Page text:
The Tommy Cooper Show: Floral Halls Theatre, Scarborough, 1975
Play: Jus’ Like That! Garrick Theatre, London, 2003
Play: Jus’ Like That! Assembly Rooms, Edinburgh, 2011
Play: Just Like That! The Tommy Cooper Show (Hambledon Productions): Buxton Fringe Festival 2023 – Rotunda Bubble, Pavilion Gardens, Buxton, 2023

There are many classic Tommy Cooper stories, some may be true, some may not but they have gone down in history because of the hope that they are true.  Stories such as when he was driven by his driver and he got to his destination, Tommy used to out of the car and tell the driver to have a drink on him whilst placing something in the driver’s top pocket.  After Tommy had long gone the driver felt inside his pocket expecting a large tip for his services and pulled out a tea bag!  Or when Tommy had appeared at one of his many Royal Variety Performances and traditionally he was about to meet the Queen in the line-up after the show he was warned by a fellow performer not to say anything to the Queen upon meeting her.  Tommy allegedly ignored this advice and asked the Queen if she was a football fan.  The Queen had said that she was not and so Tommy had asked if he could have her tickets for the Cup Final!  I always like to think that the reason why the magical comedy giant worked was because he didn’t believe he was funny and that’s why he was funny.  He didn’t have to do anything and the audience were laughing out loud.  The classic look of the bewilderment when magic tricks went wrong, the large, ungainly body with flat feet, the fez, the classic laugh and the ‘Jus’ Like That!’ catchphrase. But of course to add to the genius, he had to know exactly what he was doing in order for the tricks to go wrong.  He was a member of the Magic Circle and the act was honed to perfection.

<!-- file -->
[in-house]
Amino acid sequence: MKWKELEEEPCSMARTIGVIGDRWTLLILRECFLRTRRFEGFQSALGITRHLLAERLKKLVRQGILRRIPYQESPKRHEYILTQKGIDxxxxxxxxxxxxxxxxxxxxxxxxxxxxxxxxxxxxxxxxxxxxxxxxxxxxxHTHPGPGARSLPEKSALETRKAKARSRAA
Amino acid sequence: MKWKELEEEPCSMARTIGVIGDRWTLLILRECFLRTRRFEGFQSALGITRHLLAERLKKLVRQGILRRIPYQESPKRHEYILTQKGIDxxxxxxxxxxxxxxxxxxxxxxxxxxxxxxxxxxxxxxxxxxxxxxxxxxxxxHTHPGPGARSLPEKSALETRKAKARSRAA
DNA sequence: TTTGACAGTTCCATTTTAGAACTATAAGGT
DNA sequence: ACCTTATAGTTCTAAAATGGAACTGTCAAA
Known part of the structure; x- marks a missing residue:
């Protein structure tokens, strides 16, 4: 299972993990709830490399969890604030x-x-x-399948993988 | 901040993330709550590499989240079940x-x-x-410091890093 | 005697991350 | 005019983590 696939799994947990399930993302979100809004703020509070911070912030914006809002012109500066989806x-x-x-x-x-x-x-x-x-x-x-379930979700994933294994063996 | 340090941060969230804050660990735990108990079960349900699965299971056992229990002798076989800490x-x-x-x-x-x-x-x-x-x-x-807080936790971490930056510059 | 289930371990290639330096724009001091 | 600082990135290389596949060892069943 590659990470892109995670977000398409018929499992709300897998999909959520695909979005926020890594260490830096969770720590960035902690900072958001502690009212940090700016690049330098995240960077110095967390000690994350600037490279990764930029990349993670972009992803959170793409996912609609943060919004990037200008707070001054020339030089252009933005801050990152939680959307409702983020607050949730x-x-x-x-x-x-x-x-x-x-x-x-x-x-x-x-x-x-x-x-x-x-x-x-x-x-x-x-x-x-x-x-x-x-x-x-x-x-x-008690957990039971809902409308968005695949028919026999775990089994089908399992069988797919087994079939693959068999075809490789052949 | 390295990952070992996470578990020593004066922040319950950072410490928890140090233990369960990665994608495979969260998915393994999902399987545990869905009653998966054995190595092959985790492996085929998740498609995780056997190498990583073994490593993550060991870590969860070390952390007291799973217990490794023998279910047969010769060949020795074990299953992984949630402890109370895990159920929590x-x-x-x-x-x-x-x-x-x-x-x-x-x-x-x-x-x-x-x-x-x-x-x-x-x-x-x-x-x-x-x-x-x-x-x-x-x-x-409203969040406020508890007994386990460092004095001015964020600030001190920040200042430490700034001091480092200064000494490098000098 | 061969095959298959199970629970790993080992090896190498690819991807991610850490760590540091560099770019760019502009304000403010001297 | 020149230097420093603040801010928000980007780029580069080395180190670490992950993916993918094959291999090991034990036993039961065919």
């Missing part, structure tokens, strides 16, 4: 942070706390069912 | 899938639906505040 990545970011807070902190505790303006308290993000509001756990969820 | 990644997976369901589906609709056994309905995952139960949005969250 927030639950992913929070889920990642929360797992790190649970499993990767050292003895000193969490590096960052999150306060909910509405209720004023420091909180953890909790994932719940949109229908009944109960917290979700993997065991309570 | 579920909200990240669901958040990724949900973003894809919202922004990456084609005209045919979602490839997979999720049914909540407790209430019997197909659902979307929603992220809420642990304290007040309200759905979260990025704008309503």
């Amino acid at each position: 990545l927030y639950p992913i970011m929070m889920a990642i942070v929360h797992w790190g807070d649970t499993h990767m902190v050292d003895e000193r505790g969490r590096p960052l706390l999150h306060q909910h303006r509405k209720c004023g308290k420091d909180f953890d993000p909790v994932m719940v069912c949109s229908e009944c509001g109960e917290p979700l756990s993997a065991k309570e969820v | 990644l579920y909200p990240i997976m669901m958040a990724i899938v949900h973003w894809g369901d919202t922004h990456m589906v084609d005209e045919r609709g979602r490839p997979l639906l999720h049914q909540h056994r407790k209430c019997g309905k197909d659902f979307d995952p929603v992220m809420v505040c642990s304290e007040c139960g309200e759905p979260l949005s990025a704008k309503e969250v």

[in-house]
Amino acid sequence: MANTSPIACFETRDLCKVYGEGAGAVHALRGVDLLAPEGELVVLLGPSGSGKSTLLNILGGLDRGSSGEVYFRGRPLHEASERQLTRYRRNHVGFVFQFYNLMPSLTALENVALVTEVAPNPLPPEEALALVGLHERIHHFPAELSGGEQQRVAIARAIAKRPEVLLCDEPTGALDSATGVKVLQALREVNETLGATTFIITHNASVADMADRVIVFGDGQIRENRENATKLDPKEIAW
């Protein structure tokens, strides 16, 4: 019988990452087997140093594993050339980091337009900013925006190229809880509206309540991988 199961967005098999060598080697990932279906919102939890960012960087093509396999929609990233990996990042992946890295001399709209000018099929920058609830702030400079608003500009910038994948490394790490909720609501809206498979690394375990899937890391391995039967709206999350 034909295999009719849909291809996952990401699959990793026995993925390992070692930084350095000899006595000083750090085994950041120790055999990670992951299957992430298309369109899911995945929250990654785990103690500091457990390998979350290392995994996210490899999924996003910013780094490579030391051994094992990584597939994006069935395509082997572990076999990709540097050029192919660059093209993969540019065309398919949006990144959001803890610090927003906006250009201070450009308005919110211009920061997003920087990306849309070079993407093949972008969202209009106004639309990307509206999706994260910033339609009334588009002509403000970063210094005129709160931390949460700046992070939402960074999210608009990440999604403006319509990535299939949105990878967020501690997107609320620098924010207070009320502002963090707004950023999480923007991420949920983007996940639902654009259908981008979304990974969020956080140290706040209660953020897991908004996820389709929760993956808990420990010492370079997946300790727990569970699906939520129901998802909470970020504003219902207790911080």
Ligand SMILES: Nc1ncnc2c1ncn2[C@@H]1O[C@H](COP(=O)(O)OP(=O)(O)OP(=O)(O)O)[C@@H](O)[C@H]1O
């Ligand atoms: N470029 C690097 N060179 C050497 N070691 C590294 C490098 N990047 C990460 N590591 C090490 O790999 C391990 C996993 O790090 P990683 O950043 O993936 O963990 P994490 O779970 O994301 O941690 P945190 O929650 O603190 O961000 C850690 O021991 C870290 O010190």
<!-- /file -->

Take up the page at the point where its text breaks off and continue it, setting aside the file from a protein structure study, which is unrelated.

I was extremely fortunate to see Tommy Cooper live on stage whilst on a family holiday at Scarborough in 1975 aged 8 years old.  I remember the experience so well.  The lights in the theatre dimmed and the curtains opened to reveal nothing on stage apart from a bed with Tommy lying on it asleep.  One member of the audience started to laugh and then another and then another all the time Cooper having done nothing apart from lie asleep on the bed.  After a good five minutes everyone in the theatre was laughing loudly waiting for something, anything to happen.  When the laughter had reached breaking point and with split second timing Cooper lifted his head from the bed and said ‘What? Has somebody come on stage?’ The audience managed a further outburst of laughter and he was got on with the doomed magic with the audience in the palm of his hand.  It was a moment of comic genius.   The show features classic set pieces such as the famous hat routine when Cooper tells a story with characters determined by what sort of hat he is given by a stagehand passing the hats threw his legs so that he can put them on his head.  So the policemen said this and the soldier said that and so on.  When the stagehand ran out of hats and just put his empty hand that Cooper’s legs, the reply from Cooper was ‘I don’t know what that’s doing there!!’  To open the second half of that memorable show, Cooper walked onto thunderous applause and before he did anything he said goodnight to the audience and walked off stage!  It was an unforgettable night.

Since Tommy Cooper’s passing (tragically and infamously on stage and TV in 1984), I have seen a number of plays about the comedian.  Most notably I saw Jerome Flynn play him brilliantly the play Jus’ Like That! in 2003 at The Garrick Theatre in London’s West End.  In 2008 a statue of Tommy Cooper designed by Graham Ibbotson was unveiled in Caerphilly, Wales by the actor, Sir Anthony Hopkins, a lifelong fan.  I saw a revival of the play again n 2011 at the Edinburgh Fringe when Clive Mantle starred at the magician.

In 2023, at my first Buxton Fringe Festival, Hambledon Productions presented Just Like That! The Tommy Cooper Show.  Recreating the theatre atmosphere with backdrop curtains and Christopher Peters on piano, the stage was filled with Cooper’s famous props.  The star of the show was John Hewer (pictured) who brilliantly portrayed Cooper’s mannerisms, laugh and magic.  It was although the great comic magician was back with us, and the audience loved the performance.  The show was a fitting tribute and Tommy Cooper has left a great legacy of magical laughter and remains one of the greatest comedians there has ever been.



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